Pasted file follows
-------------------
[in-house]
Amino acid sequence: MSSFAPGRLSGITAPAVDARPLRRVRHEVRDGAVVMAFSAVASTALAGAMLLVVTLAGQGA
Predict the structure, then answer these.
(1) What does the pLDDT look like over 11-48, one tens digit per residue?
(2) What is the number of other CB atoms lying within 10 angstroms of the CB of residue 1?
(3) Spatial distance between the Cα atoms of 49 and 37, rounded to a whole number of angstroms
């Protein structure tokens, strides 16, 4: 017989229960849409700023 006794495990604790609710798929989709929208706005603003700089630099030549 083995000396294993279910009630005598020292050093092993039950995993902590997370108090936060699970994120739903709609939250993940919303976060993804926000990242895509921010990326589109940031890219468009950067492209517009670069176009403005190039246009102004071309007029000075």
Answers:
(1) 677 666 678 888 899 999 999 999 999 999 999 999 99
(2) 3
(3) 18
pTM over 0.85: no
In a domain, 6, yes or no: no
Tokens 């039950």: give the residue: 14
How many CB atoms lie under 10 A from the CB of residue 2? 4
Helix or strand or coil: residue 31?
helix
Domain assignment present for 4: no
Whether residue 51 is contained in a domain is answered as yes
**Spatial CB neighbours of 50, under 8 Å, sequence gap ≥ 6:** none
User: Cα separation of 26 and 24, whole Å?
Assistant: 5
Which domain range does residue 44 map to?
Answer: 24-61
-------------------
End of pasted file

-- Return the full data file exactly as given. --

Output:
[in-house]
Amino acid sequence: MSSFAPGRLSGITAPAVDARPLRRVRHEVRDGAVVMAFSAVASTALAGAMLLVVTLAGQGA
Predict the structure, then answer these.
(1) What does the pLDDT look like over 11-48, one tens digit per residue?
(2) What is the number of other CB atoms lying within 10 angstroms of the CB of residue 1?
(3) Spatial distance between the Cα atoms of 49 and 37, rounded to a whole number of angstroms
């Protein structure tokens, strides 16, 4: 017989229960849409700023 006794495990604790609710798929989709929208706005603003700089630099030549 083995000396294993279910009630005598020292050093092993039950995993902590997370108090936060699970994120739903709609939250993940919303976060993804926000990242895509921010990326589109940031890219468009950067492209517009670069176009403005190039246009102004071309007029000075």
Answers:
(1) 677 666 678 888 899 999 999 999 999 999 999 999 99
(2) 3
(3) 18
pTM over 0.85: no
In a domain, 6, yes or no: no
Tokens 């039950």: give the residue: 14
How many CB atoms lie under 10 A from the CB of residue 2? 4
Helix or strand or coil: residue 31?
helix
Domain assignment present for 4: no
Whether residue 51 is contained in a domain is answered as yes
**Spatial CB neighbours of 50, under 8 Å, sequence gap ≥ 6:** none
User: Cα separation of 26 and 24, whole Å?
Assistant: 5
Which domain range does residue 44 map to?
Answer: 24-61